Countdown to The Draft
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By Tony Grossi | ESPNCleveland.com
The Morning Kickoff …
Mingo’s the man: It didn’t take a national writer embedded in the Browns’ draft room to tell us that this new regime is laying its chips down on Barkevious Mingo. Their actions showed that.
But the assertions by Chuck Klosterman of Grantland.com, who was invited to the Browns’ inner sanctum on the first night of the draft, that Mingo “represents everything” in a player the Browns aspire to as a franchise, certainly adds to the pressure of being the first-ever pick of Joe Banner and Mike Lombardi.
The confirmation by Klosterman that the Browns turned down the St. Louis Rams’ trade offer for the 16th and 46th picks of the draft adds even more pressure to the selection.
Mingo can’t be Jerome McDougle or Brandon Graham -- pass rushers who turned up busts for the Eagles during Banner’s run in Philadelphia.
“Your first-round draft pick has to not just make the team, not just start, he has to be All-Pro.”
That’s what Jimmy Haslam said on the day he was introduced as Browns owner on Aug. 3.
Mingo will be the centerpiece of coordinator Ray Horton’s attacking, 3-4 defensive scheme. Whether or not he starts is not as important as his impact in knocking down quarterbacks and disrupting their games.
The most logical comparison to Mingo is Aldon Smith, who was the seventh overall pick in the 2011 draft by the San Francisco 49ers. Like Mingo, Smith was a college defensive end (at Missouri) who was projected as a 3-4 rush linebacker. Smith did not start a game as a rookie, but had 14 sacks in coordinator Vic Fangio’s aggressive 3-4 scheme and earned some recognition as the league’s best defensive rookie.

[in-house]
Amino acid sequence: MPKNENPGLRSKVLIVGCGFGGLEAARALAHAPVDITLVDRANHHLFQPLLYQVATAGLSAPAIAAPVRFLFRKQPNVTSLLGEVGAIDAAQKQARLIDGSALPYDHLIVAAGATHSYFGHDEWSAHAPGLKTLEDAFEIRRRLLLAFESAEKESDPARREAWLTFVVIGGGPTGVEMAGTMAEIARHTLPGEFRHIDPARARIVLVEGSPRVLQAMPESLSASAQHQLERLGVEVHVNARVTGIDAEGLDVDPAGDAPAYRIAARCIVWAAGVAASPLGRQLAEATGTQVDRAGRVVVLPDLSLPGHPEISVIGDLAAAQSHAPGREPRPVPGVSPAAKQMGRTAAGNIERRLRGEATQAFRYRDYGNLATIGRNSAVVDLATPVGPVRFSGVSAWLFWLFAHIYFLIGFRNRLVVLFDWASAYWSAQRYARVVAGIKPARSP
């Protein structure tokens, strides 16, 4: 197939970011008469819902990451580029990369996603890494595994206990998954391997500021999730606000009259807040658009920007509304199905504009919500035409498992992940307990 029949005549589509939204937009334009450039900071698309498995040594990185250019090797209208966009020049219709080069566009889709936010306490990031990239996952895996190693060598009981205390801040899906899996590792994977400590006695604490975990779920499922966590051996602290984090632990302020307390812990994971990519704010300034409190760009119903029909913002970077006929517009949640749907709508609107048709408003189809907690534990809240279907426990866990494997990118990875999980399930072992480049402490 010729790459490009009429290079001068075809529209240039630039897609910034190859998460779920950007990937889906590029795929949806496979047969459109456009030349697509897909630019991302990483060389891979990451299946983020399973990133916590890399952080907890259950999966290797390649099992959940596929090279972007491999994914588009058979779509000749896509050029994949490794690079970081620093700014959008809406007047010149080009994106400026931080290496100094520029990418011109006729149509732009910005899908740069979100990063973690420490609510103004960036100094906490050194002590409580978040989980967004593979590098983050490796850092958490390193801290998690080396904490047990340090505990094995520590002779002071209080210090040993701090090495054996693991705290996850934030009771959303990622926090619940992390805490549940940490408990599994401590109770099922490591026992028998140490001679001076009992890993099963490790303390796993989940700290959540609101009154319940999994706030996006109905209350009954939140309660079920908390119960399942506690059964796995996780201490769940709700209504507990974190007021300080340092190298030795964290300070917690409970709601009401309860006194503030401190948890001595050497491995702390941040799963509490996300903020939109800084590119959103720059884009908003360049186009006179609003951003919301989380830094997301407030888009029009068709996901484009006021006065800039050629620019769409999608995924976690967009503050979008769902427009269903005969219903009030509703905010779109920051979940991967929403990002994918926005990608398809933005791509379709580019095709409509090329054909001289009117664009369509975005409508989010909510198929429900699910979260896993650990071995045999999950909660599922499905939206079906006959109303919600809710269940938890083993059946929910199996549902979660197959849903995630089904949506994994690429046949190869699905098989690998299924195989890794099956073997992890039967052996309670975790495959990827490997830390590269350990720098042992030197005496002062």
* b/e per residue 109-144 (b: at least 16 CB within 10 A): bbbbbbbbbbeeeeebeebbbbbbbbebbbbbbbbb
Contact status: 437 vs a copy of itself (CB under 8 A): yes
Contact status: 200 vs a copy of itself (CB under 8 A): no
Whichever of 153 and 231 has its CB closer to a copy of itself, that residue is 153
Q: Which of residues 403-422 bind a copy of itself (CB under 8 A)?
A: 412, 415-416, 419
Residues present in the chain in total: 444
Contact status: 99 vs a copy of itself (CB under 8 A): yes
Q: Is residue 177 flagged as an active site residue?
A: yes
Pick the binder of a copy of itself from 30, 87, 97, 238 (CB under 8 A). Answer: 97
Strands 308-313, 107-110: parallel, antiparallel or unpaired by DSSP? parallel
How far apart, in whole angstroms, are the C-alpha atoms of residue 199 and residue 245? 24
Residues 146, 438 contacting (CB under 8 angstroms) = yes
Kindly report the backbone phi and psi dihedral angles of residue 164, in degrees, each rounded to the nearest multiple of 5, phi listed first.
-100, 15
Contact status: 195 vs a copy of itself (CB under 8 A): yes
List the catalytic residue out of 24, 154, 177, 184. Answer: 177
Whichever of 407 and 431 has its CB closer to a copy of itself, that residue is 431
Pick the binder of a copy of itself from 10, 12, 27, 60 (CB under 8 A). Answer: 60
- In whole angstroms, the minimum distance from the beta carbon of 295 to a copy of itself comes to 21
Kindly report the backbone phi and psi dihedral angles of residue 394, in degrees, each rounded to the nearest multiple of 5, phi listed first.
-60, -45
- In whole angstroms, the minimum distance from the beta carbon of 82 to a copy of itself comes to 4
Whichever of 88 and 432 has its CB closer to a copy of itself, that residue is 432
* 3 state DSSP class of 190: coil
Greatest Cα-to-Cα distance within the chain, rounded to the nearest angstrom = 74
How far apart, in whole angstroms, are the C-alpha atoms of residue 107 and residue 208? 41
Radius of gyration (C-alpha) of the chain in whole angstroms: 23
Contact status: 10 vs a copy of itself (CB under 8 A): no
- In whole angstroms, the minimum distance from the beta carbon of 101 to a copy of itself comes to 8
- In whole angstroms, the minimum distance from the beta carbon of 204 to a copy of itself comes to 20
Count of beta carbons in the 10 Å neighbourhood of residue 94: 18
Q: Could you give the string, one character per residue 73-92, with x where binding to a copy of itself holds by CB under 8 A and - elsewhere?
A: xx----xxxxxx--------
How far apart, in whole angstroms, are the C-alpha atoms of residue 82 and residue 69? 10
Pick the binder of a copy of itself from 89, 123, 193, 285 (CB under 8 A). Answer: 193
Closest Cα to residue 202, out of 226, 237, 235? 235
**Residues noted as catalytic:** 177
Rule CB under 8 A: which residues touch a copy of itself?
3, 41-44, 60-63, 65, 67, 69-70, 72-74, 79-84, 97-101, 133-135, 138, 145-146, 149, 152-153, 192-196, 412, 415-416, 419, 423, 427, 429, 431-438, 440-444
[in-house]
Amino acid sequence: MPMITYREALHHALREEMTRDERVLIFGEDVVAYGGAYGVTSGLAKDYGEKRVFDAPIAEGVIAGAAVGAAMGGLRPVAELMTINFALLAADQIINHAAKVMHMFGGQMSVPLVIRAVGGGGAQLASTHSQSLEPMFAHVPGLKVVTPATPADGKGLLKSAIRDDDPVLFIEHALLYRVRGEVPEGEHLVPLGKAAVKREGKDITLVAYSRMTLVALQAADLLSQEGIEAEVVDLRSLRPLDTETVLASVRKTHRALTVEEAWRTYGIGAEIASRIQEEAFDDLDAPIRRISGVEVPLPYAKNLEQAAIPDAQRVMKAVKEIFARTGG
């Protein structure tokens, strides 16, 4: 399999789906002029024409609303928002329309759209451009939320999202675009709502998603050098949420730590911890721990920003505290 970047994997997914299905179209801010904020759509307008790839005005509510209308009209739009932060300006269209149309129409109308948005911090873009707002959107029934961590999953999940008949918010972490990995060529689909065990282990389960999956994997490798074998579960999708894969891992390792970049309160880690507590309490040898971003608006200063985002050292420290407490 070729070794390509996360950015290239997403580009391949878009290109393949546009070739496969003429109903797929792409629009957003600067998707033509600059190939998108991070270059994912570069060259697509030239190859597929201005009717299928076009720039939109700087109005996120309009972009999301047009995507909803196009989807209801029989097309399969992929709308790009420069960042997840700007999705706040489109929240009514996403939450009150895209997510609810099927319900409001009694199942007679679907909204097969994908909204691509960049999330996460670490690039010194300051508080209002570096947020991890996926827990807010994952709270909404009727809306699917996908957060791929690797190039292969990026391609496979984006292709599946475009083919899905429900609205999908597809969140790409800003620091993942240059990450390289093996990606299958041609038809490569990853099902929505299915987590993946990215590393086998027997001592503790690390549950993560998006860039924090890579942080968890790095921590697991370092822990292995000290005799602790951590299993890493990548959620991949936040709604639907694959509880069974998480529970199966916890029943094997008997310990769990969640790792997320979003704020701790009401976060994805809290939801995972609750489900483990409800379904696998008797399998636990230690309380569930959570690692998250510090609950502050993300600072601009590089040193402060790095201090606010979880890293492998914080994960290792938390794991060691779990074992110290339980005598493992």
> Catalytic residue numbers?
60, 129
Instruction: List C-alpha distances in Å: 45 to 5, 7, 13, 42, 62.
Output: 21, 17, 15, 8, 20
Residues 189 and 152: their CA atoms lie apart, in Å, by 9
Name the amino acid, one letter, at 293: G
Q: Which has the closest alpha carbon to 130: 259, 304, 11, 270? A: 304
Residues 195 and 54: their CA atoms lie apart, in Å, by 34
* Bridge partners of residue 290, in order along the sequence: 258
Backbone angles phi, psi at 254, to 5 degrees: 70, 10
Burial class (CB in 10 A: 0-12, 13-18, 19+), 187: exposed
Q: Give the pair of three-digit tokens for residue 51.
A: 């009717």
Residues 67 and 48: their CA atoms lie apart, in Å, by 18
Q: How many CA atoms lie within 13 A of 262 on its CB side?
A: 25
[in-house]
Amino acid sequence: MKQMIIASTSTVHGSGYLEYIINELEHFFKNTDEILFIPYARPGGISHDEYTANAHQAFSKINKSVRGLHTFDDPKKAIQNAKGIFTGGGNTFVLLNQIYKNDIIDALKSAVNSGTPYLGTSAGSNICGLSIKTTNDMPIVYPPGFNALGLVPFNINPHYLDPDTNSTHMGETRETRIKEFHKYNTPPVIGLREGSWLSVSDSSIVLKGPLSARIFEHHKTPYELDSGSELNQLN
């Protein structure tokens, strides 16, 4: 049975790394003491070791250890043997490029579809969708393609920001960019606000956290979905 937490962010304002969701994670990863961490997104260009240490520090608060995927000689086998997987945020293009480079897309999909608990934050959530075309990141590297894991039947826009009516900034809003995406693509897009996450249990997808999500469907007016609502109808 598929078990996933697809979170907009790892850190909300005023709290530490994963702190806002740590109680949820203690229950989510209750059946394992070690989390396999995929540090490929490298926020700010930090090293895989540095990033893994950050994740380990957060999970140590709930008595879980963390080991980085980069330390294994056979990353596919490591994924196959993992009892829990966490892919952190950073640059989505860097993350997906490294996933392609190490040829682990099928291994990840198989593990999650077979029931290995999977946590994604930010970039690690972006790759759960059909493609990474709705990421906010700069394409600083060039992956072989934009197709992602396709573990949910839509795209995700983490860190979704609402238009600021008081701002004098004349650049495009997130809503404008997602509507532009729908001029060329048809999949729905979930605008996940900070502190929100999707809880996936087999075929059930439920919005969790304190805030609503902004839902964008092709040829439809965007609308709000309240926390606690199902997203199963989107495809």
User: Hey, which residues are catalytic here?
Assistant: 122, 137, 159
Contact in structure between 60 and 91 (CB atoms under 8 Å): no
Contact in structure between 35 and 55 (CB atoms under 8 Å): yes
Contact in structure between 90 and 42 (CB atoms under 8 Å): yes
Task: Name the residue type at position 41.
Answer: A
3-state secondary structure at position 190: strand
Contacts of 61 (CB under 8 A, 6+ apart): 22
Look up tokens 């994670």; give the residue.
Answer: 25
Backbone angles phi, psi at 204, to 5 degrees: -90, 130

In his second season, Smith took over as an every-down player, had 19.5 sacks, was named NFC defensive player of the year, and was voted All-Pro.
That’s a high bar. But that’s what Haslam expects.
As for the rest of the draft: More pressure on Mingo is rooted in the enigma that became the rest of the Browns’ 2013 draft. Here’s an update:
Second round, forfeited in 2012 supplemental draft for WR Josh Gordon: I’m going to step out on a limb and say that not only is Gordon better than any receiver in the 2013 draft, he will be better than any player taken in the second round. This was ex-GM Tom Heckert’s most astute pick.
Third round, 68th overall, CB Leon McFadden: Browns QB legend Brian Sipe, now the QB coach at San Diego State, vouches that McFadden can win a starting job immediately, like he did as a freshman after being moved from wideout. McFadden’s suspect height, 5-9 5/8, is offset by a solid, compact frame of 195 pounds. At the weekend rookie minicamp, McFadden looked capable enough. He is being counted on to win the starting cornerback job opposite Joe Haden. Then the fun begins.
Fourth round, 111th overall: Traded to Pittsburgh Steelers for a third-round pick in 2014.
Fifth round, 139th overall: Traded to Indianapolis Colts for a fourth-round pick in 2014.
Sixth round, 175th overall, FS Jamoris Slaughter: He ruptured an Achilles tendon in his third game of his senior year at Notre Dame and had surgery. At minicamp, he repeated that he expects to be ready for the start of training camp in late July. There is an opportunity for him to win a starting job, but Slaughter was listed by one respected draft publication as the 31st safety in the draft.
Seventh round, 217th overall, DE Armonty Bryant: A dominant pass rusher at the Division II level, he fell in the draft because of a drug-related arrest in October for selling marijuana on campus. A week after the draft, he was arrested for DUI in Ada, OK. At minicamp, Bryant was remorseful and vowed to abide by the Browns’ new zero tolerance policy. Even if Bryant stays clean, the defensive line position is pretty crowded to make room for a Division II situational pass rusher.
Seventh round, 227th overall, OL Garrett Gilkey: At Division II Chadron State (Neb.), he started at left tackle. At 6-6 and 320 pounds, he may be too tall to break in at guard. He figures to be a developmental tackle in the early going.
Trade: Veteran possession receiver Davone Bess was acquired for an exchange of draft picks with the Miami Dolphins: Bess is a move-the-chains inside receiver who should earn some of his new contract by teaching the young receivers how to be professionals.
|Tony Grossi covers the Browns for ESPN 850 WKNR, ESPN 1540 KNR2 and www.espncleveland.com. |
He has covered the Browns with distinction since 1984 and is one of 46 voters for the National Football League Hall of Fame. Email your “Hey Tony” questions to email@example.comFollow Tony on Twitter @tonygrossi
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